You’ll remember from the Bible how the children of Israel, having reached the border of the Promised Land, sent spies to find out what it was like (Numbers, Chapter 13).
The spies came back loaded with fruit and other good things. It’s a land flowing with milk and honey, all right, they reported–but just forget about taking it! (Verses 28-32) Because it’s just chuck full of bad guys, and giants, and impregnable walled cities, and the Amalekites are waiting to crush us… What was God thinking of, to send us here? Like, man, we are just grasshoppers, compared to those people! (v. 33)
But one of those spies was Caleb. “And Caleb stilled the people before Moses, and said, Let us go up at once, and possess it; for we are well able to overcome it” (v. 30).
Caleb trusted in God, and in God’s promises. God had promised to give the land to Israel. Caleb believed Him. He wasn’t scared of walled cities, giants, or Amalekites. To Caleb they were already slated for destruction: for the Lord had said so.
Do we need some of Caleb’s spirit shot into our veins, or what? We see Far Left Crazy running wild in the streets, and alleged polls showing Dozy Joe up 15 points–but are we supposed to lose heart? Give up? I surrender, BLM–please eat me last!
It’s not too late to put our trust in God and get to work like we mean it. Repent our sins and get busy!
There are always Christians who insist Romans 13:1 means that whoever happens to be in power at the moment, even if it’s a bloodthirsty monster who murdered his way to the top, has to be honored and obeyed–because God put him there.
But Romans 13 goes on to describe what it is that God “ordains” the civil power to do. So when that power rewards evildoers and makes itself a terror to the innocent–sound familiar? or don’t you live in a Democrat city?–and actively makes war on God’s word and on God’s people… it’s a righteous thing to oppose that power. As the various Judges did, and David, and Our Lord Jesus Christ Himself.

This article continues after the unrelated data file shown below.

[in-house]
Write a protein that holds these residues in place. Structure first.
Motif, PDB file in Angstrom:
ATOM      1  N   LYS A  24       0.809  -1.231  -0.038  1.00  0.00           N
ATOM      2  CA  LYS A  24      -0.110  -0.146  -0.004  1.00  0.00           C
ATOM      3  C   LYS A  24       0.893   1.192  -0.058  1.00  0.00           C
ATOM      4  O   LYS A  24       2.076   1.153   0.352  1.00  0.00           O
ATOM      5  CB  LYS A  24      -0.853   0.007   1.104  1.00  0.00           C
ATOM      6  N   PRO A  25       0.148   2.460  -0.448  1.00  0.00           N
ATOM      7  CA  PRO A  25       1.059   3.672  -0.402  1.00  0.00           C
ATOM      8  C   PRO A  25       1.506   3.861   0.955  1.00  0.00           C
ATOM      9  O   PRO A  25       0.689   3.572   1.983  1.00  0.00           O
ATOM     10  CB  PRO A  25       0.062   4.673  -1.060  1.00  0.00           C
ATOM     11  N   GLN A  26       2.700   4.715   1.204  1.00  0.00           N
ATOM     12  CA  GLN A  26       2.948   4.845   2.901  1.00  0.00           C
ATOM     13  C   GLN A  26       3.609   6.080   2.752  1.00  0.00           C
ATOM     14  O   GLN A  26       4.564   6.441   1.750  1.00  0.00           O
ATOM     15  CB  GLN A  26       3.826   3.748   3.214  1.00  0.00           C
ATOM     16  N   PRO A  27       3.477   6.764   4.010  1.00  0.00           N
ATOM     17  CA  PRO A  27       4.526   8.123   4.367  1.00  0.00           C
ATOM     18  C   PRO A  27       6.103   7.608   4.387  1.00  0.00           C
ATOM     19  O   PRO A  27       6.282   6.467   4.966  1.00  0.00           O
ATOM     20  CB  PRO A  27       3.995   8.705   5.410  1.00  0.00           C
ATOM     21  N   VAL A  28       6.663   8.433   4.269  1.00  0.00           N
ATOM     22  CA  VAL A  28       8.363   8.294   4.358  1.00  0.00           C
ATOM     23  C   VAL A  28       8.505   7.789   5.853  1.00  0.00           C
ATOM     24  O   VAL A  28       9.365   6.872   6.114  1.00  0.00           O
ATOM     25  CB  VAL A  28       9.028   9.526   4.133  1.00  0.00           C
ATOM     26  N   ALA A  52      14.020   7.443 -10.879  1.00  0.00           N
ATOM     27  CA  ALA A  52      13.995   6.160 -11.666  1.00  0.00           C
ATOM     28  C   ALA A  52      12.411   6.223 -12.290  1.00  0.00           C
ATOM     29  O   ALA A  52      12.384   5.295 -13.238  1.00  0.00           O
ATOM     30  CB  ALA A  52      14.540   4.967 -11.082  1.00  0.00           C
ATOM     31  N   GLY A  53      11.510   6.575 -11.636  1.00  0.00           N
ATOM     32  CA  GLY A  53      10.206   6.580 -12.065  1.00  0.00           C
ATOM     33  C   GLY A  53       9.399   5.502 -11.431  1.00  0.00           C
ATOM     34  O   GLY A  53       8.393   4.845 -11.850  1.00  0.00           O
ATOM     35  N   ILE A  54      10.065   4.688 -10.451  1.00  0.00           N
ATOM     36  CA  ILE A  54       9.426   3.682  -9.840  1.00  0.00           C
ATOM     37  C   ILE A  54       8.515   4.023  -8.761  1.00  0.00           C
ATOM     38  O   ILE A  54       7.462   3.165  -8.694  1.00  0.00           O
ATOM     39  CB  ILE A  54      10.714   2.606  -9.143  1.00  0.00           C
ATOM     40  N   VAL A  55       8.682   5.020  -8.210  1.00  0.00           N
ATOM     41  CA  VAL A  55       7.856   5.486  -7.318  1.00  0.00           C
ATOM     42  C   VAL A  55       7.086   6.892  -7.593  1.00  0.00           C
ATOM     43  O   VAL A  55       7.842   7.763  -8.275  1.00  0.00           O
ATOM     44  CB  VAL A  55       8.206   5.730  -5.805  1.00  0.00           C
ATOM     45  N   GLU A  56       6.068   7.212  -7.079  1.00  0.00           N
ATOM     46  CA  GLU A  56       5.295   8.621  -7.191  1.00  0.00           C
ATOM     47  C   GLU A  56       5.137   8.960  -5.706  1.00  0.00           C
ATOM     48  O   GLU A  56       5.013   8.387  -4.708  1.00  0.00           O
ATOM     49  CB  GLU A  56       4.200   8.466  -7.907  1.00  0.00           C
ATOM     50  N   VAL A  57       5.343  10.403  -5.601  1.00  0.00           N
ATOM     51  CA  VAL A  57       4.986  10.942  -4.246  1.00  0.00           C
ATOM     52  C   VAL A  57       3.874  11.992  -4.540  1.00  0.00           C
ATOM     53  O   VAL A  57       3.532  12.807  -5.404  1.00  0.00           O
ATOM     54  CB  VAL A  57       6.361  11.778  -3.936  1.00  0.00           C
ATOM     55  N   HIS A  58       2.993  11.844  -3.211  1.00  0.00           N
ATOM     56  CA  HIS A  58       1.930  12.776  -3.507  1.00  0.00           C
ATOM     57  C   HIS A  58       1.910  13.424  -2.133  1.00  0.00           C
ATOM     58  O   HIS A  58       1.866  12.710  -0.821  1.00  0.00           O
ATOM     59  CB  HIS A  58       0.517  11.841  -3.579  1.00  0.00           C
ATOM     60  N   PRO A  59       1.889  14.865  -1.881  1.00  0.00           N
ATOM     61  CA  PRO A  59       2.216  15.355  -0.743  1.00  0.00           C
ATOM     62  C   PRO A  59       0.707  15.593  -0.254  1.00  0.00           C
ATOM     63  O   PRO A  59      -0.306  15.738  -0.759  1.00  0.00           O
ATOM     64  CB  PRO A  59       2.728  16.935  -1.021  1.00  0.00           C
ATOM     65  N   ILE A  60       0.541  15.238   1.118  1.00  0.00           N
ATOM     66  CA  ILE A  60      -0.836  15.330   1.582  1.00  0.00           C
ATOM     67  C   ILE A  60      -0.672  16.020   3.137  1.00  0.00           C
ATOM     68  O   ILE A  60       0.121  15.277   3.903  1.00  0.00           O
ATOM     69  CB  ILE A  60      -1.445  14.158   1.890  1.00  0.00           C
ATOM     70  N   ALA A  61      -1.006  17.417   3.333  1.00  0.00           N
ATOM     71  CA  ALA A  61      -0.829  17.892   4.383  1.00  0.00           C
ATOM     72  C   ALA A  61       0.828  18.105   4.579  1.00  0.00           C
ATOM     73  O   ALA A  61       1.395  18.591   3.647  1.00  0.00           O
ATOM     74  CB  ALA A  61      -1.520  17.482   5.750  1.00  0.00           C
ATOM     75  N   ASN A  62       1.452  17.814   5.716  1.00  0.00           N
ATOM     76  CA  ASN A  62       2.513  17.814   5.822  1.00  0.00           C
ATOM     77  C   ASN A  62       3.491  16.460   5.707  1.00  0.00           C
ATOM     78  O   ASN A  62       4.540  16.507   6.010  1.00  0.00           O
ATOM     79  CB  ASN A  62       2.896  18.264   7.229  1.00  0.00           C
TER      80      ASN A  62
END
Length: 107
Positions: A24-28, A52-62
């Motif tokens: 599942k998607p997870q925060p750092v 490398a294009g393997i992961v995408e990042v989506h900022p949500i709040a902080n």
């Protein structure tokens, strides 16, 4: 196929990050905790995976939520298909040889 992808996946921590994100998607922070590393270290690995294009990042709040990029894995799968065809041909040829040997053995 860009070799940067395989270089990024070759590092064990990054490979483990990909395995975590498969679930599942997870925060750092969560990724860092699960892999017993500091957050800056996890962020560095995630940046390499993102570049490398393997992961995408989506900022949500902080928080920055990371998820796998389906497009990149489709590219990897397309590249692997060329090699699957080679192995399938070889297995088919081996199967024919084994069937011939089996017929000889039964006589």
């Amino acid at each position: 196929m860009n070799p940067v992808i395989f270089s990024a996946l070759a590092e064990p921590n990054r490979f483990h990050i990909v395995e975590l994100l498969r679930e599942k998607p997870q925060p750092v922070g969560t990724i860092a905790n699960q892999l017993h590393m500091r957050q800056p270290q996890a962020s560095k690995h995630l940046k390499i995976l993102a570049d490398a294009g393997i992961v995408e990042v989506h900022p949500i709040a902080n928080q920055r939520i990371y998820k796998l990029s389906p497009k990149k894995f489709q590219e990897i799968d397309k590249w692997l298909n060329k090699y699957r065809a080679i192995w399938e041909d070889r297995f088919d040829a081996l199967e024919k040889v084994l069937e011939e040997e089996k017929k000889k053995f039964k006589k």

Ah! But Jesus didn’t rebel against the power, did He?
No, because He came here as a sacrifice. But when He comes again, watch out.
You think you’ve got troubles with the finance company? Hah!
The clay tablet in the picture is a legal document from 664 B.C., discovered at Tel Hadid in central Israel, which was then under Assyrian rule. The document is the record of a loan in which the borrower agreed to pay 33% interest if his bill was overdue… and he had to put up his wife and sister as collateral! “Rocky” would come and take them away if the loan was not repaid on time. (Does this shed any light on the Bibles consistent condemnation of usury?)
Those seem like pretty harsh terms to me. You’re better off with Household Finance.
The document doesn’t say what the borrower needed the loan for. Probably not smart pills. Obviously they weren’t making them back then.
Whose voice then shook the earth: but now he hath promised, saying, Yet once more I shake not the earth only, but also heaven. And this word, Yet once more, signifieth the removing of those things that are shaken, as of things that are made, that those things which cannot be shaken may remain. Hebrews 12: 26-27
This essay by Martin Selbrede will do for a sermon.
God shakes the earth. We see that as a hardship, a rough ride; but it’s also God’s promise. As for the shaking, “It is how God fulfills His promise to His people that they will inherit the earth while His government increases without end.”
You can read the whole essay for yourselves. I just want to add one more thought to it.
What if God didn’t shake the earth? What if He didn’t remove those things that oppose Christ’s Kingdom?